I don’t see the need for that anymore.  Quite the opposite, in fact.  What I see the need for is a full accounting from every single one of you, for what you do with every single second of your professional day.

I mean, if everyone who works for us was really doing a bang-up job, then I could see why we might want to cut them some slack, give them a little room to work.

Not really the vibe I’m getting, though.  It appears that the entire nation is a mess, and corruption infests every single conceivable tentacle of our government.  If we were a giant company and our employees were getting such abysmal annual reviews, then we’d be sticking GPS chips in their phones and recording their work conversations as well.

I mean, why is it when one of us is at work, it’s perfectly fine for our bosses to block us from logging on to Facebook.  But these guys – God forbid we should look over their shoulders at what the hell they’re up to on our dime.

This should be right there in the job description.  If you want to represent the People, then the People are going to need to listen to every word you say – you’re speaking for Us after all.  Why on Earth shouldn’t we get to hear what you’re saying on Our behalf?

Are you an ambassador?  Well awesome, the People are paying for your plane ticket over to whatever country you’re headed to, and your phone is being paid by us too, and that cable you sent?  You’re welcome, that was on us – what exactly did it say, by the way? 

I get very suspicious when it turns out that all of these ambassadors were shooting off their mouths in cables or emails or phone calls, and now they’re getting all shocked when someone yanks it off the system and posts it online.

You are public officials – our servants.  If we don’t get privacy, then our government representatives don’t get privacy either.  And if you don’t like it, well I think Assange would probably tell you that’s too damn bad.  I doubt he’s the last one who’s going to tell you that, either.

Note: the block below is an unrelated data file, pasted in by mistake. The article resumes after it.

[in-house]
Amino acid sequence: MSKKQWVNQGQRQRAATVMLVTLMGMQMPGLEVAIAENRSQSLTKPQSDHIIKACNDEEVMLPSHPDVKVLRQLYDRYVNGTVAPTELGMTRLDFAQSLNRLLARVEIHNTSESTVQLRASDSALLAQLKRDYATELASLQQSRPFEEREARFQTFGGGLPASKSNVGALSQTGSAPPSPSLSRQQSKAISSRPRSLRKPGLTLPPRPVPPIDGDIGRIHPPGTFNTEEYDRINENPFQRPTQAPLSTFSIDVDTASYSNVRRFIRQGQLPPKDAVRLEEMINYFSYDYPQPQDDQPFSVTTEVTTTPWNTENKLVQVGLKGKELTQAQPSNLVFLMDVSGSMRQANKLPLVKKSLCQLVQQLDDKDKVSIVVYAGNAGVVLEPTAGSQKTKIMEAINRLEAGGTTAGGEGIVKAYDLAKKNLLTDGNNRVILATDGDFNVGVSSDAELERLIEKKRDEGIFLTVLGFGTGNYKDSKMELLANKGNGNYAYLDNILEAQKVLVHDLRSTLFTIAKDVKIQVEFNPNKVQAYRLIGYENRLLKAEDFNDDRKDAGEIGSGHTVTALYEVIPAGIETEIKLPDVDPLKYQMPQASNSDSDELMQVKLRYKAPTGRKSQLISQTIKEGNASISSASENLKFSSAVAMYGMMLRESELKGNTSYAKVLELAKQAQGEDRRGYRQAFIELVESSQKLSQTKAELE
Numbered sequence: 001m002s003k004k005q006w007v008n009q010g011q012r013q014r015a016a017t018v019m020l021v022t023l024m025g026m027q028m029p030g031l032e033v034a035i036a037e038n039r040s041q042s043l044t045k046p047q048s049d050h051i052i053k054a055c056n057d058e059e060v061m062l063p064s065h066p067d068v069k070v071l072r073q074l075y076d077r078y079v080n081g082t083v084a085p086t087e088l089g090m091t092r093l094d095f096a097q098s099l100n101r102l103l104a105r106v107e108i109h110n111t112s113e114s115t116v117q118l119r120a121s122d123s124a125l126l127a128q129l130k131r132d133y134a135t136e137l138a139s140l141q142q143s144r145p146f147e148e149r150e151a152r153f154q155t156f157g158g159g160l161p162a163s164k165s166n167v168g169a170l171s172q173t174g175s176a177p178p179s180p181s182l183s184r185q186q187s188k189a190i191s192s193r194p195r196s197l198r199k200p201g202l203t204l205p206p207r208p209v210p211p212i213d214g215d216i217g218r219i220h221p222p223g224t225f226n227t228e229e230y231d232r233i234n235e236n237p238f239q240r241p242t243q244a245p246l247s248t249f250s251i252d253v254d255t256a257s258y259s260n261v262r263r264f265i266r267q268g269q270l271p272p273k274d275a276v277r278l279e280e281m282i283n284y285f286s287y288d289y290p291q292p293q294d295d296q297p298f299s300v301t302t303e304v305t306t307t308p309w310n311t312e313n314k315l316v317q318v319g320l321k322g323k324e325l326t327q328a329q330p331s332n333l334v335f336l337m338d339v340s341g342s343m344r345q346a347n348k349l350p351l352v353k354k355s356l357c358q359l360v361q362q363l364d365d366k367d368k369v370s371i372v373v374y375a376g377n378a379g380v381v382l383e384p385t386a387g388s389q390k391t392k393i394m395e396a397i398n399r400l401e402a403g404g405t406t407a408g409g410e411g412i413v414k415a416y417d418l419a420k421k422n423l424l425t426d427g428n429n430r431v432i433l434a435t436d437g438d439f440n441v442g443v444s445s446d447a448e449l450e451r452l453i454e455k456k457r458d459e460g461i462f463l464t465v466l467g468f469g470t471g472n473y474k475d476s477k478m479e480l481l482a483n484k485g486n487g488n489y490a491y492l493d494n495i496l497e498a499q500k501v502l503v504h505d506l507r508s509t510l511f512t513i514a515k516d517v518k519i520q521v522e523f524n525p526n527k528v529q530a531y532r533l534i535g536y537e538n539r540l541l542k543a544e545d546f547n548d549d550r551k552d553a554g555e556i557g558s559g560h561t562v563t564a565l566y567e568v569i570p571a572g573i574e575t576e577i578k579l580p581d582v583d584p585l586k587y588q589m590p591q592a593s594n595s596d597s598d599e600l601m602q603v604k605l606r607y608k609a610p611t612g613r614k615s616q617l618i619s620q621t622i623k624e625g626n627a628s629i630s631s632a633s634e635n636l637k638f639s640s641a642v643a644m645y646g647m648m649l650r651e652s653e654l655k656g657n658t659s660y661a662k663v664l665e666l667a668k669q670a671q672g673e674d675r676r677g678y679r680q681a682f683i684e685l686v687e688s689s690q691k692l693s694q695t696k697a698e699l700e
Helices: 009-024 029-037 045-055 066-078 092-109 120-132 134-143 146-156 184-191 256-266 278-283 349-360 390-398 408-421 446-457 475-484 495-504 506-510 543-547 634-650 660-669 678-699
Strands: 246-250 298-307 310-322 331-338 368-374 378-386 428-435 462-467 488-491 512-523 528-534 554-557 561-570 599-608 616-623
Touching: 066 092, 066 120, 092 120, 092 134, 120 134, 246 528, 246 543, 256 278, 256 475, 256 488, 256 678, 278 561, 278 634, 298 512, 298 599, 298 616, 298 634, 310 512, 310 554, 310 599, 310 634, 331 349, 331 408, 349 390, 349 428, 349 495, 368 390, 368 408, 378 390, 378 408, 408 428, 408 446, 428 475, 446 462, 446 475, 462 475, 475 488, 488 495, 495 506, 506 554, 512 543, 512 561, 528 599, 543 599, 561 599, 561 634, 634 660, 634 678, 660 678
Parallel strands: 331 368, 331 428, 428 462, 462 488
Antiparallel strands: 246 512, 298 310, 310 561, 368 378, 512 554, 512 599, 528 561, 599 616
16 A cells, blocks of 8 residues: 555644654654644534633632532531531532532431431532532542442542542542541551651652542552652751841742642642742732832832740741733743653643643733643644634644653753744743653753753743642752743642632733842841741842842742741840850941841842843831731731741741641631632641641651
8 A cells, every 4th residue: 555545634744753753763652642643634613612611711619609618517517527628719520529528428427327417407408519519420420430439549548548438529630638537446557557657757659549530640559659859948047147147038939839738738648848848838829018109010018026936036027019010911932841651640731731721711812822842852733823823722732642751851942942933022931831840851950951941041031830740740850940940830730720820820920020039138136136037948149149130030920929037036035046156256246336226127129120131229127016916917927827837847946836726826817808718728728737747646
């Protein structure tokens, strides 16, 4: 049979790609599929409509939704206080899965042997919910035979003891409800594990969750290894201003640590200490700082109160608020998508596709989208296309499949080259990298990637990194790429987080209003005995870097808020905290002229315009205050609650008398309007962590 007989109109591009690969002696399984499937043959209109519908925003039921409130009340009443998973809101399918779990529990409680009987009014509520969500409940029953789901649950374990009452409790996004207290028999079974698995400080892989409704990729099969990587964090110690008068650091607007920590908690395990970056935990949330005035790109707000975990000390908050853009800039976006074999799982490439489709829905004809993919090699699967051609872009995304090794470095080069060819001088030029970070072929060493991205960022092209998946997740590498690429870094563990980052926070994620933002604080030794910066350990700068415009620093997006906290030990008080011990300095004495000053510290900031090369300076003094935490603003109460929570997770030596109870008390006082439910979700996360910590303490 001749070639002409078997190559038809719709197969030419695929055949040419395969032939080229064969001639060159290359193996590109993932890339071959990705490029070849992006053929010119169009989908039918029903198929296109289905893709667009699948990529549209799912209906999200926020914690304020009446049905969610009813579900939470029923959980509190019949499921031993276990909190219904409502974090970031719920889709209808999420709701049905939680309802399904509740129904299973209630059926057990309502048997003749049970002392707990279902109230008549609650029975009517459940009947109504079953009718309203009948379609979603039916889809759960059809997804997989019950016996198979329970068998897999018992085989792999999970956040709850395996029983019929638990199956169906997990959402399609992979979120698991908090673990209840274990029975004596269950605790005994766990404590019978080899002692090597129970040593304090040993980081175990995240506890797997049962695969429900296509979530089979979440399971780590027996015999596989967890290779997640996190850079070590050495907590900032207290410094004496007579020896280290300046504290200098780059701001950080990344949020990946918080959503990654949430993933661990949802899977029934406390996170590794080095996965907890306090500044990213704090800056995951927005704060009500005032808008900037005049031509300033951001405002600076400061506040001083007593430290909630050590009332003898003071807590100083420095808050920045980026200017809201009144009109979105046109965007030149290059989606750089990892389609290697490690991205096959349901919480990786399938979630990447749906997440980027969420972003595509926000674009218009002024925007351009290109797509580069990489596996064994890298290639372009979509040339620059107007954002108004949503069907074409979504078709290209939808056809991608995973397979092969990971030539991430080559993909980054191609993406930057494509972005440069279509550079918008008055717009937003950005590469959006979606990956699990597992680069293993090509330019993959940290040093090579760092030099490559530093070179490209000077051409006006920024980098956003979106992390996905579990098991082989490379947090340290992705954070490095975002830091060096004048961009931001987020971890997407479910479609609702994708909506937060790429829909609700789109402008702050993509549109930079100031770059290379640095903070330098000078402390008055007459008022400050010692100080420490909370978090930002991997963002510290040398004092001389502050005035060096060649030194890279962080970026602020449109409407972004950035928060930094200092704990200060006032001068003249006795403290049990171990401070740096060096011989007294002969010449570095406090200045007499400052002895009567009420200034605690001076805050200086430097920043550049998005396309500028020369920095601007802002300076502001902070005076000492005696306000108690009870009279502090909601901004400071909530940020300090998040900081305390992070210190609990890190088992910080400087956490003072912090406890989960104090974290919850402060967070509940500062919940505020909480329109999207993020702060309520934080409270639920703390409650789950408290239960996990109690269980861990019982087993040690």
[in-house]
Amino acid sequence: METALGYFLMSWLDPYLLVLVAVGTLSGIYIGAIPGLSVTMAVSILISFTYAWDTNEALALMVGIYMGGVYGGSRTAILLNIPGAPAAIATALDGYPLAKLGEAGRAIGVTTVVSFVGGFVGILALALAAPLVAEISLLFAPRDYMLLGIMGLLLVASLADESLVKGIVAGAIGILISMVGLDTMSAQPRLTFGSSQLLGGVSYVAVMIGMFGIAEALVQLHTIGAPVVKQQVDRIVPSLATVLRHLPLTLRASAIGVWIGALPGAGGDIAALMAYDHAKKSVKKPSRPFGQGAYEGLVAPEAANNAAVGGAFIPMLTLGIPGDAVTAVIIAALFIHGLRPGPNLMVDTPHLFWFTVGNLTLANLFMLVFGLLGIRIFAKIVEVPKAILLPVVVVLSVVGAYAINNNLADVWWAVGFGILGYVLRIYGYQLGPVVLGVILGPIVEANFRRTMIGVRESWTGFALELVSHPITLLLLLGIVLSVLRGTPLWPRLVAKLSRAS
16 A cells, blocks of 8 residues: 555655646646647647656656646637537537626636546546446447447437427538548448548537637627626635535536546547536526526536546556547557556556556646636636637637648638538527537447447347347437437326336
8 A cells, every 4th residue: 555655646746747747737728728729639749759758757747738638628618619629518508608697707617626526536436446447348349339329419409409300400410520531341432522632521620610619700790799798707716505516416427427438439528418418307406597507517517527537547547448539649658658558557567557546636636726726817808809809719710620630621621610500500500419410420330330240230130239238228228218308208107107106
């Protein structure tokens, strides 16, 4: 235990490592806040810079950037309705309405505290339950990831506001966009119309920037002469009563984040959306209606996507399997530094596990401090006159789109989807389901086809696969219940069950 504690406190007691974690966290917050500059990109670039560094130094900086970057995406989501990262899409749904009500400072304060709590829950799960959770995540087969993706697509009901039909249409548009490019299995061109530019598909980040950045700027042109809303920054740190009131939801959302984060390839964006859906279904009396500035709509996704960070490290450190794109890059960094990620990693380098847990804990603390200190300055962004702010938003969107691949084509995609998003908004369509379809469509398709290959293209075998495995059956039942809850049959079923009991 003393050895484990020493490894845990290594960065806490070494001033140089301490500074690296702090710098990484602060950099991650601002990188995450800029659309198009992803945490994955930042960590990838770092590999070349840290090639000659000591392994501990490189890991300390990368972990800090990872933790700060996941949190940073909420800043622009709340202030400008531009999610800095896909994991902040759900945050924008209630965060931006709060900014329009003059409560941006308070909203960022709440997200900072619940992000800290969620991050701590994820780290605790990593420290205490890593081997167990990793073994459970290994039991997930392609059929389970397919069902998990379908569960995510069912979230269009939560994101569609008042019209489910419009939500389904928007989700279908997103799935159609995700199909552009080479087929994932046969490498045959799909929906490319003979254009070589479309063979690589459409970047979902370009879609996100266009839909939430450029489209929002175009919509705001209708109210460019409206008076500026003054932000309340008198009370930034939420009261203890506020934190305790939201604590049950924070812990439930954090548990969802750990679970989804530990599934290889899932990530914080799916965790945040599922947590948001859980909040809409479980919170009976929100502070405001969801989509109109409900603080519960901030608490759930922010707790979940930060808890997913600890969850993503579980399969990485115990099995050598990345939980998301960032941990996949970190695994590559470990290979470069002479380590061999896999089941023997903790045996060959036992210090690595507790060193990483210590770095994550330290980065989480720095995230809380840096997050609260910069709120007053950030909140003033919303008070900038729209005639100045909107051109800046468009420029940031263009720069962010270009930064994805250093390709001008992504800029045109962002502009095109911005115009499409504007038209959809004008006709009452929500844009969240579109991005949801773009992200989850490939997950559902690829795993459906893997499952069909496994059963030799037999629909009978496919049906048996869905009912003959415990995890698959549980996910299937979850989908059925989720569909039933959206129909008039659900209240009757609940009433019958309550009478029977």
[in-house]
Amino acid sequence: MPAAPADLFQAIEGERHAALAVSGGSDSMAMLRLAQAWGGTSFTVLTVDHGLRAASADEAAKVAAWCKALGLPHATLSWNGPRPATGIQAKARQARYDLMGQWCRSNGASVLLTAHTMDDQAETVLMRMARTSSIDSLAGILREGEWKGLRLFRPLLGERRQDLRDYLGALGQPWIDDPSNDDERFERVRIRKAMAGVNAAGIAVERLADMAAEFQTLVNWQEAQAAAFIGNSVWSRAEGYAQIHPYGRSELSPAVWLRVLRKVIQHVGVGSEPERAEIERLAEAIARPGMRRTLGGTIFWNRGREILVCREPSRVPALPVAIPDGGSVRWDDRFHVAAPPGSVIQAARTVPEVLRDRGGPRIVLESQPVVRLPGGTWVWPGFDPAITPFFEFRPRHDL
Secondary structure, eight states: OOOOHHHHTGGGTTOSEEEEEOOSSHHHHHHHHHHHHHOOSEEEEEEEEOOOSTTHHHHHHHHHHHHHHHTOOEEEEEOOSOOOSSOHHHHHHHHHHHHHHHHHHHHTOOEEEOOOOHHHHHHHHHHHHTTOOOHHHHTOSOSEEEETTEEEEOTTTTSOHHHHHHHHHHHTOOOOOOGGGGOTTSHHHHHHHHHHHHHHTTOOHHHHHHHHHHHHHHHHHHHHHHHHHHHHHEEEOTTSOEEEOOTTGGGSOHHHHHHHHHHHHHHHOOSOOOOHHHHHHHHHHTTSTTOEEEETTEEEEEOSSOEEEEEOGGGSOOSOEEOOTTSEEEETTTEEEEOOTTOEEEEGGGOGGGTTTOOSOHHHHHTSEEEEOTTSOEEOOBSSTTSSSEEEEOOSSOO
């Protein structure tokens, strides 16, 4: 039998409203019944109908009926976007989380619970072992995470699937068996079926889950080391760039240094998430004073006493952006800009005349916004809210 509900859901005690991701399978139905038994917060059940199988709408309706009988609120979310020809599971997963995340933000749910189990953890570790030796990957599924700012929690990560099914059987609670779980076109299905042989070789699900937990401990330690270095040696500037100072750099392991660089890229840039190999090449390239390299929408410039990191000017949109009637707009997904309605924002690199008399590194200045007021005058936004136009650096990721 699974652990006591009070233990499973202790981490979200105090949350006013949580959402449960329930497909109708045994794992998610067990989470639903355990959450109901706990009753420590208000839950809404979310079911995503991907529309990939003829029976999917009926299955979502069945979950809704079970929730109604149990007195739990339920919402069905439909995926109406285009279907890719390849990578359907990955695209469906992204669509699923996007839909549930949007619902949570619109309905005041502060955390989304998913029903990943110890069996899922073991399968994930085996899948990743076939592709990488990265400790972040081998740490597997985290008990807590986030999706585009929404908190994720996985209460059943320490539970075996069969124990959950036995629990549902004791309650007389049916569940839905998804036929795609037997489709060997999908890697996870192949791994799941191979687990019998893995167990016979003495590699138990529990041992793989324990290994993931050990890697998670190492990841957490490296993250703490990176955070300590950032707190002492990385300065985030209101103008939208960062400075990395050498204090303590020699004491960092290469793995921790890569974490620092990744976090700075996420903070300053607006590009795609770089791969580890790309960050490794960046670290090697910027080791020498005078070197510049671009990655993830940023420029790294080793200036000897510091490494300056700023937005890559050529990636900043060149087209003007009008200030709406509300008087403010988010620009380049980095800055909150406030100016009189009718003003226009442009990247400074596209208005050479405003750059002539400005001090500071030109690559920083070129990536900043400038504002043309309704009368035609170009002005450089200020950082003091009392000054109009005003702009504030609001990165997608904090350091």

We need to flip the lens on Big Brother.  We have the means and we have the right.  Total, constant scrutiny directed at every single person who works for us – you might call it a Patriot Act for the People.

The end of privacy seems inevitable as everything grows more and more connected, and expressed in digital form.  But maybe we don’t need to lament it, because the end of privacy could also mean the end of secrets, the end of lies. 

Corruption can’t take place in broad daylight.  Back room deals can’t be made on live television.

U.S. Government officials and Representatives and Ambassadors – listen up.  The People are online, and maybe it’s finally the watchmen’s turn to feel what it’s like to get watched.

David Foster Wallace said, “The truth will set you free, but not before it’s through with you.”

Sounds good to me, leeches.  Let freedom ring.



Earlier:  An Open Letter To The House of Representatives


Posted by on December 20, 2010 in News/Commentary


Tags: , , , , , , , , , , ,

4 responses to “Modern Freedom And Big Brother’s Lens

  1. shawn

    December 20, 2010 at 8:13 pm

    Innovation at it’s finest. Those lemons really could make some fine lemonade, you know.

  2. Kimberly Kinrade

    December 21, 2010 at 4:43 am

    HERE HERE! tis true that this lack of privacy is double edged and not as upsetting as some may see it to be. Honestly, my life isn’t interesting enough for anyone to be concerned about. And whatever is even remotely interesting is usually on my blogs, so have at it! I’m an open book, literally. LOL

    It’s time they are too!